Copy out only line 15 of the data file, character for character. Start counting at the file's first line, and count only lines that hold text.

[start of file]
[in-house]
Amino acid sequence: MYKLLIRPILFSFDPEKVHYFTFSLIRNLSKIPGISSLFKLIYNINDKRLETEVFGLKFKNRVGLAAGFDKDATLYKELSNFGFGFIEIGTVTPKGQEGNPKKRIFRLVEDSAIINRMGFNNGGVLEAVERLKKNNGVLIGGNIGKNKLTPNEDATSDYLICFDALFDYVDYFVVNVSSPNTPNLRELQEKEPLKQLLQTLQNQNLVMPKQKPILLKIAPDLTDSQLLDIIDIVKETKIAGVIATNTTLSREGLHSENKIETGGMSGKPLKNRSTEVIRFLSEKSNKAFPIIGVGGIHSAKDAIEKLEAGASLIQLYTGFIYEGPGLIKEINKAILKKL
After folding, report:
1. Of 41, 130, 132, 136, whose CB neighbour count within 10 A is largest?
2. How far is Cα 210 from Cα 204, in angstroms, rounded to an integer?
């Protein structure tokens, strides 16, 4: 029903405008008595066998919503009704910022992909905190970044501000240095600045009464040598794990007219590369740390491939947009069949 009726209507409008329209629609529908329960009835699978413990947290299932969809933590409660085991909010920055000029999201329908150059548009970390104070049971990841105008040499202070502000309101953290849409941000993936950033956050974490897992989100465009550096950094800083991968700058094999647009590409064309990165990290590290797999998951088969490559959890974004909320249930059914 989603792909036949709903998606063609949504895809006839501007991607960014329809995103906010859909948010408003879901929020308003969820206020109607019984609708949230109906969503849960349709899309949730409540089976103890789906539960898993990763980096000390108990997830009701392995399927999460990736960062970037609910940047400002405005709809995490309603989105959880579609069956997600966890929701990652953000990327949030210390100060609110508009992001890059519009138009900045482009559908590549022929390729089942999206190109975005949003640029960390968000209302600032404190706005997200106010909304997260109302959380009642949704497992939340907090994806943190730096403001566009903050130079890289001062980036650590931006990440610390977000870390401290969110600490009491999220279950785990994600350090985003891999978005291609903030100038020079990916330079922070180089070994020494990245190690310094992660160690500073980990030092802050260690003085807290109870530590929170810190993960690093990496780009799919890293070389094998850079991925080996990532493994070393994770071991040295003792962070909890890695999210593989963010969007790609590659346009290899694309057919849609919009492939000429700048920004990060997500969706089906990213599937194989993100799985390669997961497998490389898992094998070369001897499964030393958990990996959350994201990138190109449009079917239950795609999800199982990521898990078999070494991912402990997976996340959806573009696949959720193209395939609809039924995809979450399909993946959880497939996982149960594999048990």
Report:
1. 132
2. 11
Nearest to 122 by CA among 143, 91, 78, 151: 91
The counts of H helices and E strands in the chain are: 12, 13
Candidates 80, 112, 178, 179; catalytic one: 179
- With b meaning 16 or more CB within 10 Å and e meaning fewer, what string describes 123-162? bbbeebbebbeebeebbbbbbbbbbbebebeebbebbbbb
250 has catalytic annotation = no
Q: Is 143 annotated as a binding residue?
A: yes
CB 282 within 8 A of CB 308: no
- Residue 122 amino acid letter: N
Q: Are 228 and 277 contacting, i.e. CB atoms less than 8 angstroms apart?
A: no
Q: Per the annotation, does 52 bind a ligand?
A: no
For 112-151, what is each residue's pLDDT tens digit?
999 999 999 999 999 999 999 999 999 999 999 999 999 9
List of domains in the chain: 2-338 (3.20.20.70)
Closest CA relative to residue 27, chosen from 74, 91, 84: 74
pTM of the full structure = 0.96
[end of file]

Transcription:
Q: Is 143 annotated as a binding residue?